And like any other drama, my new serials have their darker moments—chief civilian administrator L. Paul Bremer III in the confusion in Iraq or the Council meetings—when they show the personal causalities of war. I watched the constant reruns of British weapons analyst David Kelly’s questioning—the inquisition into this soft-spoken man. I watched as Kelly was pressed for information, to reveal whether or not the government had lied and to reveal whether or not he talked to a journalist. Then the journalist was pressed to tell who spilled, who gave him the scoop. It was a case of the ultimate betrayal, and I held my breath, even after they announced Kelly’s suicide. Who was to blame? Who hounded too hard, and who did not confess when he should have? Whoever it was sealed his death, and as the BBC newscasters ruefully admitted on the night after he was found, they played him like he was nothing more than a trump card, when he was a human being. A somber recognition, but one that was somehow moving.
The compassion I felt dying during the first few years of Bush’s tenure is now alive again. I’ve feel as though I have found a secret path into politics, a path which leads me to the human element, shows me the off-the-cuff bits which land somewhere on commercial cutting room floors. In short, C-SPAN is a way around the glossy sheen of Bush’s and Rumsfeld’s incessant deflection, a way around the incessant talking heads who spout the party line 23 hours a day. It is a bit of the truth, a bit of the voyeur, and if nothing else, it indulges me—a love of absurdity that comes after twelve.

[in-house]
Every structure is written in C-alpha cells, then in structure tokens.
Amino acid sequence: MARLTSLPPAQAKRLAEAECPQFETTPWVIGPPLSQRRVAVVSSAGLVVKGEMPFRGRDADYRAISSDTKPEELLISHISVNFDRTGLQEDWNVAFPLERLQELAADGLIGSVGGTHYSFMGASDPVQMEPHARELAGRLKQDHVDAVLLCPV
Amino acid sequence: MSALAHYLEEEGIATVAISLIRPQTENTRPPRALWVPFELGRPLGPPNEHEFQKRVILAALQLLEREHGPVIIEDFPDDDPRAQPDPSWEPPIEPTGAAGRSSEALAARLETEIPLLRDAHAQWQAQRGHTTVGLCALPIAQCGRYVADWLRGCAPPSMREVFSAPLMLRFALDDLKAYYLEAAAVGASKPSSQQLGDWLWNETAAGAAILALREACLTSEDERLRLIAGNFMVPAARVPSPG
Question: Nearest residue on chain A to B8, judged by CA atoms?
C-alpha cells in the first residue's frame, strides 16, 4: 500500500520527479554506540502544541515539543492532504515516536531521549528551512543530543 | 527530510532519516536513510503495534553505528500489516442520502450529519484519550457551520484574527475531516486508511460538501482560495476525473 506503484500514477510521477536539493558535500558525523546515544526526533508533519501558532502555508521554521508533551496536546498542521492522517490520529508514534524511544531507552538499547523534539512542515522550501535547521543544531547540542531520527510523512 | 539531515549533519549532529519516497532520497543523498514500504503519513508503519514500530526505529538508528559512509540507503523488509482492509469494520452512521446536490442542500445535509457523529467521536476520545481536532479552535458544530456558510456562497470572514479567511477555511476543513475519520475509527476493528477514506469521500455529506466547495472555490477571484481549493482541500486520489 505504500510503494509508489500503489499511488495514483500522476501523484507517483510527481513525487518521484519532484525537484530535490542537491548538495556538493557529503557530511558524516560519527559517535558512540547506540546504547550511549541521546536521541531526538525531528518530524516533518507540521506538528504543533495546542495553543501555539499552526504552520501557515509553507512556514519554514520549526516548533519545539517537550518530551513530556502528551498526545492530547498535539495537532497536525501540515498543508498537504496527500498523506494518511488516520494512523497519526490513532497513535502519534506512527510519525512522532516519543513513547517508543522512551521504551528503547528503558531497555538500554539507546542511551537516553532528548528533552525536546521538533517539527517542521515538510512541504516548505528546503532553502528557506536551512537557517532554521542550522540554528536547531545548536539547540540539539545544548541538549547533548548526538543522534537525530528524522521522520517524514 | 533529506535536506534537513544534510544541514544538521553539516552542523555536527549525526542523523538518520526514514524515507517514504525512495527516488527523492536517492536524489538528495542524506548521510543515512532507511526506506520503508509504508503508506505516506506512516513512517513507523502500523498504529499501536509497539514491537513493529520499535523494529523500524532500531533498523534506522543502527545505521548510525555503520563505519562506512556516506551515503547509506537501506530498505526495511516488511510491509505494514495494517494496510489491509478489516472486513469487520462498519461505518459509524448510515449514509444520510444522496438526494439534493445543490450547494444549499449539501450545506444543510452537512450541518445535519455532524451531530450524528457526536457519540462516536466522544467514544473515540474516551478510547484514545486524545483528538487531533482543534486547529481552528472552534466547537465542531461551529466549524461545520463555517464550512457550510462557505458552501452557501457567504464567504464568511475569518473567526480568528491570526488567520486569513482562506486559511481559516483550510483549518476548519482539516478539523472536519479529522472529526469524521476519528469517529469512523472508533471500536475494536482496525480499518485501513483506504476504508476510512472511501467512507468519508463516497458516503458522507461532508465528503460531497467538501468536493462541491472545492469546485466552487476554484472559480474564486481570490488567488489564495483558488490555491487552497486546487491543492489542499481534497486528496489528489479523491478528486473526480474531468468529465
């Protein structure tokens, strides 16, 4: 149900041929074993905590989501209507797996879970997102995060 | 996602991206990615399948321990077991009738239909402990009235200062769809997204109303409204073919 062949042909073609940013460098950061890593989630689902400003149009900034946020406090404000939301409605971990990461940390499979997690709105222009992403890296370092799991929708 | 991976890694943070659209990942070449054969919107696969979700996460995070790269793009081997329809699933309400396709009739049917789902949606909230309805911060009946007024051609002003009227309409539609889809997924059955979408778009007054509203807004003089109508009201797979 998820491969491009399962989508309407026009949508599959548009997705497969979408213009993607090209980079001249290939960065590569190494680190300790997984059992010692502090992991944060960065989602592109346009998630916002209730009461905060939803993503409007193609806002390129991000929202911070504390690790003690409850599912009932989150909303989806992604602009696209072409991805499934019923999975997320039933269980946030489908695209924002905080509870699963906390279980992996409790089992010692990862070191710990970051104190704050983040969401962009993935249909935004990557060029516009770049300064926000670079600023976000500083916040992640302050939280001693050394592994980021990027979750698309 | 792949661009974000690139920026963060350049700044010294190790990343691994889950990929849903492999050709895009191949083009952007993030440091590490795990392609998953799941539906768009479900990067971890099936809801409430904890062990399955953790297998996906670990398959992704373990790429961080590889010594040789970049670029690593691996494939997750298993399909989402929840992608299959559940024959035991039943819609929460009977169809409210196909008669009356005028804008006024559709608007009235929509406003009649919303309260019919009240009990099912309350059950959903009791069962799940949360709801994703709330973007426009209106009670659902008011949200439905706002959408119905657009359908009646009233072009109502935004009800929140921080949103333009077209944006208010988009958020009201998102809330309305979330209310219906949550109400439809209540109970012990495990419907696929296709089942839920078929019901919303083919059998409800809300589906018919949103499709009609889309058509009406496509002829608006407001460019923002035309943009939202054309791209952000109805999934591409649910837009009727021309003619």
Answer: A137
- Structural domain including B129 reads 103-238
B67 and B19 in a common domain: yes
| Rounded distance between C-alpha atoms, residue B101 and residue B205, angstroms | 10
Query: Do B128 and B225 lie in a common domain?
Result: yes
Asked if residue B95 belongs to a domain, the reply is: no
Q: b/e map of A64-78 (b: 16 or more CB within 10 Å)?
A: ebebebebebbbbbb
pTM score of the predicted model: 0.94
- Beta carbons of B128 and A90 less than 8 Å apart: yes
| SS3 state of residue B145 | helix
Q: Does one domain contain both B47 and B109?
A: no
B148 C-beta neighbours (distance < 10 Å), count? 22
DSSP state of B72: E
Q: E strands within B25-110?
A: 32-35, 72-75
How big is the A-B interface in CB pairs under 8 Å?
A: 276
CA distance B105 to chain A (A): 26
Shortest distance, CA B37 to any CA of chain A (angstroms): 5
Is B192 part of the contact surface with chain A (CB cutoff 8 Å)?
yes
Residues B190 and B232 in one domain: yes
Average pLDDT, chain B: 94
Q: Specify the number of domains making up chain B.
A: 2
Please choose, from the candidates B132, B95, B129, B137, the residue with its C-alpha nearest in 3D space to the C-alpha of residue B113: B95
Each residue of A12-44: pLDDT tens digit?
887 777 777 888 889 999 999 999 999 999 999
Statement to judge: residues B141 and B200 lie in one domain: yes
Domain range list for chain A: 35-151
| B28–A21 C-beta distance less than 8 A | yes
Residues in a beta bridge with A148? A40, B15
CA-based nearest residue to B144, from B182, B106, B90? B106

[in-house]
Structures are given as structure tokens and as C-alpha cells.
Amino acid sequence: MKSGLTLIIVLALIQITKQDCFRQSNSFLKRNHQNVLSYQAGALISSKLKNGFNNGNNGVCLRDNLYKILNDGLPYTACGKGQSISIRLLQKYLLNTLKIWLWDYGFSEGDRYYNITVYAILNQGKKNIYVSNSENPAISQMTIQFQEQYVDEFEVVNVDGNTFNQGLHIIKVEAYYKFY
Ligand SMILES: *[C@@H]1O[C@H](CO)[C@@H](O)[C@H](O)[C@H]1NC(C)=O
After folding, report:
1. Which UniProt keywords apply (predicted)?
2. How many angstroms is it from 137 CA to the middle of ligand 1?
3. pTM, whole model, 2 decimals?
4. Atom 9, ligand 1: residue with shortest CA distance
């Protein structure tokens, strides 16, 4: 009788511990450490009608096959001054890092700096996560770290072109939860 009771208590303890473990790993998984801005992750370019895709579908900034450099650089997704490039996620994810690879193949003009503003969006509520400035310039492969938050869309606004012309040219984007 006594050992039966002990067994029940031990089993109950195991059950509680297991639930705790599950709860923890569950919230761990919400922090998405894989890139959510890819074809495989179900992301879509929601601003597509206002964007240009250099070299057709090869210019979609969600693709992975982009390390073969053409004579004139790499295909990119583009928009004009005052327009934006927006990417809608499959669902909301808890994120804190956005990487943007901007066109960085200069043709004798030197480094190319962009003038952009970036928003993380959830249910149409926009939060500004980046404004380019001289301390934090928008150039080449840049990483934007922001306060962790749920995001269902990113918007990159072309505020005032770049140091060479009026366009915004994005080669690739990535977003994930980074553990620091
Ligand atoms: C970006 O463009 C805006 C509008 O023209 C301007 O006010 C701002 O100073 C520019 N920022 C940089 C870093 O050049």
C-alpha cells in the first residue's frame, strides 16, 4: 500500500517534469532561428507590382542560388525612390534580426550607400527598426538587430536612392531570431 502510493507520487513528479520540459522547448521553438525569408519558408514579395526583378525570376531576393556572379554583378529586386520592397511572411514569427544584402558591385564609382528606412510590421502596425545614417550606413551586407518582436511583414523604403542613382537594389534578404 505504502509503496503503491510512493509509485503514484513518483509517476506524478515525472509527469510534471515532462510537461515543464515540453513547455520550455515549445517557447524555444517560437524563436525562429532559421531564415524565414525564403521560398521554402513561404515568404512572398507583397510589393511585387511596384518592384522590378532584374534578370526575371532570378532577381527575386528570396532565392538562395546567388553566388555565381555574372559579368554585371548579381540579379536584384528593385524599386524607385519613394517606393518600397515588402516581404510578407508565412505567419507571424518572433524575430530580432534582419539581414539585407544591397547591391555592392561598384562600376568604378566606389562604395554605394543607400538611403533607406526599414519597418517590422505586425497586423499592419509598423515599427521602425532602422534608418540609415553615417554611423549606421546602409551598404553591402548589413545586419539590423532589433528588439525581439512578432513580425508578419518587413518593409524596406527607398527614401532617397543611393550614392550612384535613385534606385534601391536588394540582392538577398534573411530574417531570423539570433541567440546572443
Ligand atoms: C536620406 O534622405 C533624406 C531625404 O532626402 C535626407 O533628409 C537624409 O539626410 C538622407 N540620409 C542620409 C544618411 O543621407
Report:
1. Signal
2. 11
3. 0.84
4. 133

Alexandra N. Atiya ’06, a Crimson editor, is a history concentrator in Leverett House. She, surprisingly enough, actually does have a job, working for the New York Observer, where she writes items on recent apartment sales.